March 1, 2016
Running a company is exciting – a roller coaster ride of highs and lows. The ‘legals’ may not protect you from the highs and lows, but getting them right will most certainly keep your business on the rails.
The business and economic landscape is changing in our region. The recent and welcome growth of small tech businesses is a good example. Businesses like these are finding it difficult to get skilled people and looking overseas to find them. For them, it is highly relevant that from April, the minimum income requirement for Tier 2 work visas increases to a whopping £35k.
The law changes; and it can be misunderstood. For example, if as a business leader you sign a lease for an office or anything else, you may not realise that rent and service charges paid in advance may not be recoverable should you exercise a break in your lease.
Of course, there are specific issues that crop up when you’re growing a business. But, there are only a small number of things that you really need to think about, whatever business you’re in, to make sure that you can concentrate on your markets and customers.
The correct business structure for your business will support its success. Whether you are planning to be a sole trader, partnership or limited company (or if you want to change from one of these to another) getting clear, understandable advice will give you real peace of mind that you’ve made the right decision.
If you have others in your business, you might need a shareholder or partnership agreement.
Relying on conversations, emails and agreements made ‘in good faith’ will only work … until they don’t!
Whether you’re buying your business premises or leasing them, getting the legals right is as important as it would be for your own home. But these are different and getting specialist advice is important. For example, having a lease break clause or formal rent review, could save you thousands and avoid the need for further legal support down the road.
Employing people is hard. You should be free to concentrate on managing people, without worrying about whether your employment contracts are fit for purpose. If someone is not right for your business, then your employment contracts should not hinder your ability to do something about it.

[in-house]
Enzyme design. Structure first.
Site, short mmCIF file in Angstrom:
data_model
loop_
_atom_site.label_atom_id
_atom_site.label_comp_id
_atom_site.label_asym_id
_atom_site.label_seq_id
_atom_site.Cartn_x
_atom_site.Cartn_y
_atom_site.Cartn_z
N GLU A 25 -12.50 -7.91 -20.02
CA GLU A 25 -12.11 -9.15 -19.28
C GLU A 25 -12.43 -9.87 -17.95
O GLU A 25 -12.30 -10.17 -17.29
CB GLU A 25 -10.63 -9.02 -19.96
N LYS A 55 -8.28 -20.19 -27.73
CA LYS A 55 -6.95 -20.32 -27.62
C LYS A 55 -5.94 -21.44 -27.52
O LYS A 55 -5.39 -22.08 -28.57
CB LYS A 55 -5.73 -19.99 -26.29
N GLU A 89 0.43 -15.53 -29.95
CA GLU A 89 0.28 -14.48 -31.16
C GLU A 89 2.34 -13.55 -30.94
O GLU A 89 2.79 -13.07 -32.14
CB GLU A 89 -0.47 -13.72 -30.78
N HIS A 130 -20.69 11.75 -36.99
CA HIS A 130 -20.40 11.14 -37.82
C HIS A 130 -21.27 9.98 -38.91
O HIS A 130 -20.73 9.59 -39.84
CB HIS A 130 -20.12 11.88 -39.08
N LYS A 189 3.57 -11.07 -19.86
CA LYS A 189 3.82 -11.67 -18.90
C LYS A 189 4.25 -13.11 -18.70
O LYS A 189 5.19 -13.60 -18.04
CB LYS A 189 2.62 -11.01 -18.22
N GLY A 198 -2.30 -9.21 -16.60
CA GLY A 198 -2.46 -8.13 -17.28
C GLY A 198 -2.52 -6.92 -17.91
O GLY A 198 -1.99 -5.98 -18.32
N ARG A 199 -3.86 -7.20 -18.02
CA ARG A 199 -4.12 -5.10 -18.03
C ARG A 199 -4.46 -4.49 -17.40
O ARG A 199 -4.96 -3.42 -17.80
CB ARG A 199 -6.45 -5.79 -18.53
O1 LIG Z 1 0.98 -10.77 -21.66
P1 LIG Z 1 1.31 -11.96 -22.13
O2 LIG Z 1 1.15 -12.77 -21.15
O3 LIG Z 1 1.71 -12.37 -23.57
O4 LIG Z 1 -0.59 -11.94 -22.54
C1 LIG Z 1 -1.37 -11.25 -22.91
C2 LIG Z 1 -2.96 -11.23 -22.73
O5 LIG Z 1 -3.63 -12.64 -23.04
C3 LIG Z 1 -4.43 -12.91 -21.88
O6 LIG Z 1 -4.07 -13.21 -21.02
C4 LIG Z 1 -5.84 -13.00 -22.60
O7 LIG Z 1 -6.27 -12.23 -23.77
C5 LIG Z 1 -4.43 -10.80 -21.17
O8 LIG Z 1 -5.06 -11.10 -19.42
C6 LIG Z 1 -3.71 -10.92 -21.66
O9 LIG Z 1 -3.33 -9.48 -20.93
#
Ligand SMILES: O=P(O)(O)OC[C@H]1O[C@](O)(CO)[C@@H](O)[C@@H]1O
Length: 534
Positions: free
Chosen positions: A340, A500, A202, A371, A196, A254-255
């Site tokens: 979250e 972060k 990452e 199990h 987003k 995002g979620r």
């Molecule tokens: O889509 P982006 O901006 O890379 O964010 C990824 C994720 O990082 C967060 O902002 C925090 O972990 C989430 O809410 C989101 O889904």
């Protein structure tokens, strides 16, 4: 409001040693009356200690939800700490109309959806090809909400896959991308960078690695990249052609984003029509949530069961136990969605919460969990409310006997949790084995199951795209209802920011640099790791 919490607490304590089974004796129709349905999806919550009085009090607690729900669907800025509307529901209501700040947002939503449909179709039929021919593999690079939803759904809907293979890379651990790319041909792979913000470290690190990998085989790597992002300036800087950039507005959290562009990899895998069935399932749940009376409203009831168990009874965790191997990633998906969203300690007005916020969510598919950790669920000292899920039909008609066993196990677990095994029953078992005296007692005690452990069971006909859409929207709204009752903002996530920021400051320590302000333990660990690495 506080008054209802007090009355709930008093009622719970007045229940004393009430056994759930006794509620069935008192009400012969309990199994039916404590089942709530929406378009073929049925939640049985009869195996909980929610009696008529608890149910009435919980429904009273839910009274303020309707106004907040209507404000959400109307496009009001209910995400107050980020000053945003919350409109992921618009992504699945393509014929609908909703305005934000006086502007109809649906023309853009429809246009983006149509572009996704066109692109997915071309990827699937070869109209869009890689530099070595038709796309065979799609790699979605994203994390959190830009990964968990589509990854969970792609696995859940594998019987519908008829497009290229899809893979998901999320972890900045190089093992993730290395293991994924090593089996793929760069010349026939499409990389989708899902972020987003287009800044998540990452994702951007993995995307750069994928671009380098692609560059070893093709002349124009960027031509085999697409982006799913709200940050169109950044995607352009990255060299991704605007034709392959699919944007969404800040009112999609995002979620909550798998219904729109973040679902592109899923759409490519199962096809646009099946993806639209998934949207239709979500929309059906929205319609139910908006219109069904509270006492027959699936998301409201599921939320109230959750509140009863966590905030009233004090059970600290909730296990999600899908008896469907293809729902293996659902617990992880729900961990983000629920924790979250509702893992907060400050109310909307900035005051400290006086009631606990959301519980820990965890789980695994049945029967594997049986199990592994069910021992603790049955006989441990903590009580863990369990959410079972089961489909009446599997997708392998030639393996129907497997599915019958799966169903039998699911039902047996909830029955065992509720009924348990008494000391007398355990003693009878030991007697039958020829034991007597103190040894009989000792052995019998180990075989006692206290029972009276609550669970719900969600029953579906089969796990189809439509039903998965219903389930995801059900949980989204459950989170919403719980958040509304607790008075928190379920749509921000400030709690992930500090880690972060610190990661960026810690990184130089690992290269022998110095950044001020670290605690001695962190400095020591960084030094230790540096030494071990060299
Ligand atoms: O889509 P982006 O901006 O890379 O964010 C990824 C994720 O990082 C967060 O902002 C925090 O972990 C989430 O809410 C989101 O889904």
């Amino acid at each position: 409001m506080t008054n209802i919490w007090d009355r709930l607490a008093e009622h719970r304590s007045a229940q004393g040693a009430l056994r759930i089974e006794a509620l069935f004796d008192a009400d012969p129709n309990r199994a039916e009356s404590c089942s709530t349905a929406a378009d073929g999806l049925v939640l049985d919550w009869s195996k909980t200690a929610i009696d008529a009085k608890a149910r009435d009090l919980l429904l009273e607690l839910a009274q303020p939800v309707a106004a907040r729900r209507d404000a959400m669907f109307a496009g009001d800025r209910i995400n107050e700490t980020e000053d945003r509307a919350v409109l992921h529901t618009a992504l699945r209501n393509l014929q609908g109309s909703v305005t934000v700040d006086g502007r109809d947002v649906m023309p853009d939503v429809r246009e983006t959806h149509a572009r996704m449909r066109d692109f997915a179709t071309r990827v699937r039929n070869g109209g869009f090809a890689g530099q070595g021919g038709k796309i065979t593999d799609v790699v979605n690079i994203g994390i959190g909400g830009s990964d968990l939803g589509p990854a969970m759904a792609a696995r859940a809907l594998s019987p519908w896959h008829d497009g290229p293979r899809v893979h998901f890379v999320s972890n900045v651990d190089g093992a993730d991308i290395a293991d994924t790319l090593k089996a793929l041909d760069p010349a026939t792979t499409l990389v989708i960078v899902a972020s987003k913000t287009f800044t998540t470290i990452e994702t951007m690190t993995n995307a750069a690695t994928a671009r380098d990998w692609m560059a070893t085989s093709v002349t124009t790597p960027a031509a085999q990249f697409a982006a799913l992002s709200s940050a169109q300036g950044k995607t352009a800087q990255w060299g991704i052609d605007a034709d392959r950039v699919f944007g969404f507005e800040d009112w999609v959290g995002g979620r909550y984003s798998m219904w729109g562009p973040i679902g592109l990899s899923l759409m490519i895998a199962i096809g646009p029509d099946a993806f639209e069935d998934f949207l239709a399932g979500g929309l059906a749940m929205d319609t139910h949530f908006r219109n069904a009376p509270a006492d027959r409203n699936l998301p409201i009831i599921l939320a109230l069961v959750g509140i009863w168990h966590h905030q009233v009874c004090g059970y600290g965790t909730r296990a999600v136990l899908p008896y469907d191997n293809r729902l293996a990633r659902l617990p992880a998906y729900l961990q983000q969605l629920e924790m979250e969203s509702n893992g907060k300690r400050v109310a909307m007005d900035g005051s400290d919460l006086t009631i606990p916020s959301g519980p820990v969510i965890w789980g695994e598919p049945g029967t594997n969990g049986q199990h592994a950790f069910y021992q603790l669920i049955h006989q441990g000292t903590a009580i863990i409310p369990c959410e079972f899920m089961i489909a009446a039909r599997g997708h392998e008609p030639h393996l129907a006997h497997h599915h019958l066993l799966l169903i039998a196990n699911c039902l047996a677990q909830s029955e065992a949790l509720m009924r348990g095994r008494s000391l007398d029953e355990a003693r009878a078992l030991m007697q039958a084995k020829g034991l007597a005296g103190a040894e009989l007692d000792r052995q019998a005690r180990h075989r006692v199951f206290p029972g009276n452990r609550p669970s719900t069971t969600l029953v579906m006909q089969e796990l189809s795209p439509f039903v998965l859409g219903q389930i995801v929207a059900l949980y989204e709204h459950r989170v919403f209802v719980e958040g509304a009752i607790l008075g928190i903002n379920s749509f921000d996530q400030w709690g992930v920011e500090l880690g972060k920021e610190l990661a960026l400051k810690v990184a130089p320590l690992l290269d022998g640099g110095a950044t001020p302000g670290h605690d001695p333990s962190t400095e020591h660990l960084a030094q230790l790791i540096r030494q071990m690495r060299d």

Employment contracts are unique to your business. They should reflect your business needs, as well as spelling out employee rights on things such as holidays, sick pay and maternity leave. Employment law is constantly changing, which is why it’s important to get legal advice that’s up to date and keep your HR processes and procedures under regular review.
Regardless of borders and barriers, you need to get the best people for your business to grow, and that might mean from overseas. You will need expert support through the immigration process to stand the best possible chance of recruiting the people you need (the Border Agency will also be looking to your employment contracts and HR policies and procedures – so this is an area where joined up thinking is crucial).
Whatever the nature of your business, having well drafted commercial contracts means that you, your suppliers and your customers know exactly where everyone stands. You may need a non-disclosure agreement, or memorandum of understanding in advance of a contract or ….. . There are many! The key thing to bear in mind is that whatever the subject, the legals should support your business; they are not a ‘nice to have’ they really are a ‘must have’.
Get these 5 things right and make time to enjoy running your business.
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